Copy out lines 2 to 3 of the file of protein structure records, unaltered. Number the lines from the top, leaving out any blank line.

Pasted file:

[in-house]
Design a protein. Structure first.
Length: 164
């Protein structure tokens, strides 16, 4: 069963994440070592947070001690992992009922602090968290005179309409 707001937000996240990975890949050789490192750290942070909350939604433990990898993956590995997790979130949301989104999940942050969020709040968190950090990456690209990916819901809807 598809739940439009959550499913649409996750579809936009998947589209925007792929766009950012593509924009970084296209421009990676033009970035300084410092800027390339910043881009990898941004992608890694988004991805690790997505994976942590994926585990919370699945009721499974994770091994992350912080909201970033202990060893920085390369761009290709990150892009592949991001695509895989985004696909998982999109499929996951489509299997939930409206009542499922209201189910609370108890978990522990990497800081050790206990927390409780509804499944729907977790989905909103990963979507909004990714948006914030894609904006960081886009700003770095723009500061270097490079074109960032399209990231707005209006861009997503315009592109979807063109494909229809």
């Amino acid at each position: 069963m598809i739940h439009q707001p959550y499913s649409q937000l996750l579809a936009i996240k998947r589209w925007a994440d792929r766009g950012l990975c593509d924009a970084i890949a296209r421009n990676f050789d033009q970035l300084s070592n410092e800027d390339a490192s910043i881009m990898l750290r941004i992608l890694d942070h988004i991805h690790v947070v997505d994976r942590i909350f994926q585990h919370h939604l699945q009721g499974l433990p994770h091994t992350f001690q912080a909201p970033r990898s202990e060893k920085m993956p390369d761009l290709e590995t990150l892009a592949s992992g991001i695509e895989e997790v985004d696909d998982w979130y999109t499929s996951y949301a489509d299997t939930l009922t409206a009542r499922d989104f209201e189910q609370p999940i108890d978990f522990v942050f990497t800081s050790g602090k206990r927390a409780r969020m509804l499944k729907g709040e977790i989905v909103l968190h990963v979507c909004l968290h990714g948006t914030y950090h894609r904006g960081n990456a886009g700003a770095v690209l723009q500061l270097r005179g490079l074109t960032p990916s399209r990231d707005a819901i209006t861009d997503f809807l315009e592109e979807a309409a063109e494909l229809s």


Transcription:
Design a protein. Structure first.
Length: 164